Hagop Souren Akiskal was born of Armenian parents in Beirut, Lebanon in 1944 and, after matriculating with a baccalaureate in mathematics and B.Sc. in biology, received his medical degree (with Alpha Omega Alpha honors) from the American University of Beirut in 1969. He obtained his psychiatric training at the Universities of Tennessee (Memphis) and Wisconsin (Madison), and research training at the Wisconsin Primate Laboratory.

Academic: Appointed Professor of Psychiatry and Pharmacology at the University of Tennessee (1972-1990), he also served as Director of the Affective Disorders Program, co-director of the Sleep Disorder Center and the Neurophysiological Laboratory. He was subsequently recruited as the Senior Science Advisor to the Director of the National Institute of Mental Health (1990-1994). He is presently Professor of Psychiatry and Director of the International Mood Center at the University of California at San Diego, where he is also on the faculty of International Health and Cross-Cultural Medicine. Prof. Akiskal has served as Director of Medical Student Education and Continuing Medical Education, receiving “Best Psychiatry Teacher” Awards both at Tennessee and California. He has also served in a visiting capacity as clinical professor at Laval (Quebec), Montreal and McGill Universities (1987-92). More recently, he has received honorary doctorate degrees from the University of Lisbon (2003) and Aristotle University at Thessaloniki (2005).

Professional:  Following the devastating 1988 earthquake in Armenia, Prof. Akiskal led a US psychiatric delegation to that Republic. In 1997, he had a brief stint as Special Advisor to the Director of Mental Health of the World Health Organization, Geneva, Switzerland. Since 2002, he has chaired the Private Practice Section of the World Psychiatric Association. He is a distinguished life fellow of the American Psychiatric Association and founding fellow of the International Society of Affective Disorders; fellow of the International College of Neuropsychopharmacology; honorary member of the Royal College of Psychiatrists (UK), the Hungarian, Peruvian, Mexican, and Argentinean Psychiatric Associations, the Portuguese Biological Psychiatric Society, Société Médico-Psychologique (Paris); and the Armenian Medical Association. During the 1990’s he served as Honorary President of the Hungarian Suicide Prevention Society and of the National Union of French Depressive and Manic-Depressive Associations. In 2004, he was elected into the French National Academy of Medicine, and in 2005 into the Armenian National Academy of Sciences.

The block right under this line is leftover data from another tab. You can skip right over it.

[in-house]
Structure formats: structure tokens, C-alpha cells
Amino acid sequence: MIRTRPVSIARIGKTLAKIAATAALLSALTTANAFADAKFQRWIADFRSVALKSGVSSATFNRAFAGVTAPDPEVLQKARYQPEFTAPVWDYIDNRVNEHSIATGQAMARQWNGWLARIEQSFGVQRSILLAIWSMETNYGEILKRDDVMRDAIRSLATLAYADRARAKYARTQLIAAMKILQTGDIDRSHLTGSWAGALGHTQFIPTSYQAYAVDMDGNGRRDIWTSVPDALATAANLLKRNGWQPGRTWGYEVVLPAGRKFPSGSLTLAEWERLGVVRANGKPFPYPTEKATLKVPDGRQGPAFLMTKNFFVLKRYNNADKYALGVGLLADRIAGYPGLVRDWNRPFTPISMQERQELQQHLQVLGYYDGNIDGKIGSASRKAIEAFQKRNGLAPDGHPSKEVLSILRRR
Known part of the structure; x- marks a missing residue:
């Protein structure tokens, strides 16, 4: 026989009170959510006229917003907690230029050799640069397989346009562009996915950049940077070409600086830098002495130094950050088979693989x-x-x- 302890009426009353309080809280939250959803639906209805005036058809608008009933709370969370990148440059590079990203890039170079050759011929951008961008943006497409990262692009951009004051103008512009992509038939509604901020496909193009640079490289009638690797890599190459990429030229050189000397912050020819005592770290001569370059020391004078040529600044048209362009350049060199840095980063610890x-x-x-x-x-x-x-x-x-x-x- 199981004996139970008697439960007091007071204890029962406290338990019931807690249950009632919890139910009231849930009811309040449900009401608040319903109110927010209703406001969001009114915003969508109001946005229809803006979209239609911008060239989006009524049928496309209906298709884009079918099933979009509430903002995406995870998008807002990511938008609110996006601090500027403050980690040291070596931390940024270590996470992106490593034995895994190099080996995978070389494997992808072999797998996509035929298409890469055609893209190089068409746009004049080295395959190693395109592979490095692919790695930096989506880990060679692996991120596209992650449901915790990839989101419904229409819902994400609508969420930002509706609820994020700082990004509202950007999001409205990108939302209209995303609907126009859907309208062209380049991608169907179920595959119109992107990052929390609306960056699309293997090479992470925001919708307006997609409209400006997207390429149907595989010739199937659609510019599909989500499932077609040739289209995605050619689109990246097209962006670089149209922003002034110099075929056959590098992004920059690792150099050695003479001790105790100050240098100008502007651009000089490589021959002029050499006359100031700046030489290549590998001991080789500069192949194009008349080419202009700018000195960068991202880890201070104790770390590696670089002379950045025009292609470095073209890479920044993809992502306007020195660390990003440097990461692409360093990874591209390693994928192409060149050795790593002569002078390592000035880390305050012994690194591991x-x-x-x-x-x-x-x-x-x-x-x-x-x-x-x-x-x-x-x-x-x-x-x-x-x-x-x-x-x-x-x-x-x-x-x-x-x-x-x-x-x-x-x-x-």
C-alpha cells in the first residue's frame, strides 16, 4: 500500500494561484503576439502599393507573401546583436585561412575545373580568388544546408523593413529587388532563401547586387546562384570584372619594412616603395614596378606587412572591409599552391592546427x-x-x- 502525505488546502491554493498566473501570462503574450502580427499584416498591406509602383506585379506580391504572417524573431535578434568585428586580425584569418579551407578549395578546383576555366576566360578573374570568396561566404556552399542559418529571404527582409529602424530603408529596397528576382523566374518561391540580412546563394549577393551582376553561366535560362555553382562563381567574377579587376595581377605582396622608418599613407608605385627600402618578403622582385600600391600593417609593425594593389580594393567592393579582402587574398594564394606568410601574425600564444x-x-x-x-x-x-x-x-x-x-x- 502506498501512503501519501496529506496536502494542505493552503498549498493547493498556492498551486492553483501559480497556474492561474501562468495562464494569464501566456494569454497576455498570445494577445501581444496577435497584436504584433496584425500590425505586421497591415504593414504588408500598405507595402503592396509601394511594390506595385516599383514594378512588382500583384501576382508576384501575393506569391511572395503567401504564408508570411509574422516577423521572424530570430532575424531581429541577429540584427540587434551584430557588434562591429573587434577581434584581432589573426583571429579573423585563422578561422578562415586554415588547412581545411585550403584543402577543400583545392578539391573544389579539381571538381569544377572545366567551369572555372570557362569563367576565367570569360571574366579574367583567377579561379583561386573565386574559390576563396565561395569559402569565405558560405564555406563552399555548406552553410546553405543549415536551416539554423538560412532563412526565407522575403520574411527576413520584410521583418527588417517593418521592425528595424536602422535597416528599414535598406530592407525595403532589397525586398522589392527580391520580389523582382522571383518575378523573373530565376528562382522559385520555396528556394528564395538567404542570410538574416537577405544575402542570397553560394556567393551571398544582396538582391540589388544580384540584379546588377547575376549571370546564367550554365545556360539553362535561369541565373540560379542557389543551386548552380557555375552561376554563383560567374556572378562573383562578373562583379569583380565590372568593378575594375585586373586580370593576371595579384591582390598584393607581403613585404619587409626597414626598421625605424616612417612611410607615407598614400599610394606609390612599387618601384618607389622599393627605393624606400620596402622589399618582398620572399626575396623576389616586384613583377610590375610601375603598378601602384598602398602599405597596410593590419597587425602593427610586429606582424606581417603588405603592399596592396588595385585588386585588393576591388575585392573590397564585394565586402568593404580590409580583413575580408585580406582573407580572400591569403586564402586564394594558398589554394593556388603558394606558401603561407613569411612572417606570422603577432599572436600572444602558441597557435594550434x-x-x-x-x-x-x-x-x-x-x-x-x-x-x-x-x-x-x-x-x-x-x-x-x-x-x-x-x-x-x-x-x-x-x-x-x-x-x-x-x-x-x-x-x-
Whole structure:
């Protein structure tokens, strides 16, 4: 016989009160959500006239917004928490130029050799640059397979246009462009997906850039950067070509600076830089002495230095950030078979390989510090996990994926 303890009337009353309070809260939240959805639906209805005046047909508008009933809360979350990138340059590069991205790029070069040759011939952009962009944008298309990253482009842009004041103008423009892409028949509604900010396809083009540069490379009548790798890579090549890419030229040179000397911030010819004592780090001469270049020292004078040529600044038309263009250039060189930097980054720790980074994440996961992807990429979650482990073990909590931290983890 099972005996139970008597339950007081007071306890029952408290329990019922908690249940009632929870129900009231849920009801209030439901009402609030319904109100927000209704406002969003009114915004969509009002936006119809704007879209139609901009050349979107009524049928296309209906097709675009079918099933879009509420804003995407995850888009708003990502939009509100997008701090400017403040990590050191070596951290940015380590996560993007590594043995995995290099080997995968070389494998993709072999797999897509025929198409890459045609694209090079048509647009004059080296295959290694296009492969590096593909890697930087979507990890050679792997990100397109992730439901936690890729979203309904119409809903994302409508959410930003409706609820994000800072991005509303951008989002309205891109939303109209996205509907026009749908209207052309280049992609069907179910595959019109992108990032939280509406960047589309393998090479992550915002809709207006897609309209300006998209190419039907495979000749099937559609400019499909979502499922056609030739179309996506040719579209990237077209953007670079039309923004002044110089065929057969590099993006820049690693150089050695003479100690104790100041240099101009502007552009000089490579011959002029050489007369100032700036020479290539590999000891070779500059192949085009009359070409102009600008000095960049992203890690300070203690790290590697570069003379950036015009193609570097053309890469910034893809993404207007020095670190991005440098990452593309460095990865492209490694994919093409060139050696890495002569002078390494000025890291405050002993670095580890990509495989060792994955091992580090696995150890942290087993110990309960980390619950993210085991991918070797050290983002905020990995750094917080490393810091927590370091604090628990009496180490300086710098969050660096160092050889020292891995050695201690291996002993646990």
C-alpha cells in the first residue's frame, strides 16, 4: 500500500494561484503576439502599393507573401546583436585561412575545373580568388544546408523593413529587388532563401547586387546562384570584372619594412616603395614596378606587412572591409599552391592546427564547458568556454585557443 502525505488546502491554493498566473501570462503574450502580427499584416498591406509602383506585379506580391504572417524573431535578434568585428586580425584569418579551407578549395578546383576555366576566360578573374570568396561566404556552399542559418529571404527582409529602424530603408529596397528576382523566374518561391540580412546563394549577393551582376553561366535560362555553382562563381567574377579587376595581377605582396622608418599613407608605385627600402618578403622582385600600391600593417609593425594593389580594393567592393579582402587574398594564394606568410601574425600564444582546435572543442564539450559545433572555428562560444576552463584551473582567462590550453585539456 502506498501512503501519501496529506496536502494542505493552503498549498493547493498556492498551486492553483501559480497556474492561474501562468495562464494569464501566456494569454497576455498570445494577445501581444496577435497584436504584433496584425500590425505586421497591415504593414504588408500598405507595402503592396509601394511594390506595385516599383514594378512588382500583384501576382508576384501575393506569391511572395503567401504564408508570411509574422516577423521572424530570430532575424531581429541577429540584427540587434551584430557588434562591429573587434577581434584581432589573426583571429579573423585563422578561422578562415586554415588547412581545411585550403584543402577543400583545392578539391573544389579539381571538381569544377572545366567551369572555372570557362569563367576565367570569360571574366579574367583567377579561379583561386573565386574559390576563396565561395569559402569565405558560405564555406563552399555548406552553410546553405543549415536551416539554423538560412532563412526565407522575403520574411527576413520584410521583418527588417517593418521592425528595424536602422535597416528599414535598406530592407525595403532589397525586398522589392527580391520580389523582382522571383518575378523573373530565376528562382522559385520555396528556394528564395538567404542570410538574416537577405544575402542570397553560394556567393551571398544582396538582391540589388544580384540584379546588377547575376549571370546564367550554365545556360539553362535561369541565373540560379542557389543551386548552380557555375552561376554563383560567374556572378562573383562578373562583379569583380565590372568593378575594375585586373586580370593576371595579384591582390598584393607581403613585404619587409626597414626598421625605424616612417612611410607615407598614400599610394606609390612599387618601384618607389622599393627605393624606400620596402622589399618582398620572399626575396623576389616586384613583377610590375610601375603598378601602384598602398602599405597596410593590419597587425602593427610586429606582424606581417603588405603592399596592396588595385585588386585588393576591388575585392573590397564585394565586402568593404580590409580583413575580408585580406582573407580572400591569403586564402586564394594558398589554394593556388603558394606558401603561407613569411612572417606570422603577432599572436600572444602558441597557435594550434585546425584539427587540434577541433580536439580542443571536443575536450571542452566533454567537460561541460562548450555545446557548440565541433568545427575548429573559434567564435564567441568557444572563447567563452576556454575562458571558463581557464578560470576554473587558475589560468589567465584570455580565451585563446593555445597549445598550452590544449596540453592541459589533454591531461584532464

Research: Prof. Akiskal rose to prominence with his integrative theory of depression (Science, 1973). Subsequently he established chronic depressions as treatable mood disorders. His research on the offspring of bipolar patients was among the first to delineate juvenile bipolarity. His work on dysthymia, cyclothymia and hyperthymia challenged the concept of personality disorders, led to the development of a new instrument (Temperament Evaluation of Memphis, Pisa, Paris and San Diego (TEMPS-A), thereby contributing to the worldwide renaissance of the temperament field. With Kareen Akiskal he has studied the creativity of Blues musicians and Parisian writers and painters. His focus on subthreshold mood disorders enlarged the boundaries of bipolar disorders. He is the author of over 500 journal articles and book chapters, and is listed by the Institute of Scientific Information among the world’s “most highly cited authors” since 1981. Fluent in 5 languages, he has been invited to lecture in more than 250 universities in over 50 countries. On the Editorial Board of 35 national and international psychiatric journals, Prof. Akiskal is currently Editor-in-Chief of the Journal of Affective Disorders, the CME Journal of Bipolar Disorders, as well as Editor of Psychopathology.

Clinical:  His mood clinics have had worldwide appeal because of their philosophy of conducting clinical training and research while delivering high quality care. His expertise ranges from dysthymia to the bipolar spectrum, the structure of mania and hypomania, bipolar depression, mixed states, anxious bipolarity, suicide prevention, and disaster medicine. Of his 20 books, Dysthymia and the Spectrum of Chronic Depressions (1997) and Bipolar Psychopharmacotherapy: Caring for the Patient (2006), are among the most representative.

Prizes:  Clinical Research Award (American Academy of Clinical Psychiatrists), Gold Medal for Pioneer Research (Society of Biological Psychiatry), the German Anna Monika Prize for Depression, the NARSAD Falcone Prize for Affective Disorders, the Jean Delay Prize (highest distinction of the World Psychiatric Association), the Ig-Noble prize for “the chemistry of romantic love” (Harvard), the French Jules Baillarger, the Italian Aretaeus Prize (for research on the bipolar spectrum). He is also a recipient of the Gold Medal of the Armenian Medical Association; a special Presidential Commendation from the American Psychiatric Association for “transferring clinical care to clinical science,” as well as the George Tarjan Prize for helping the integration of foreign medical graduates into American psychiatry. In 2003, he received the Ellis Island Medal of Honor “for exceptional national humanitarian service”, and in 2006 the Aristoteles Gold Medal “for distinguished contributions to psychiatry, science, and humanity.”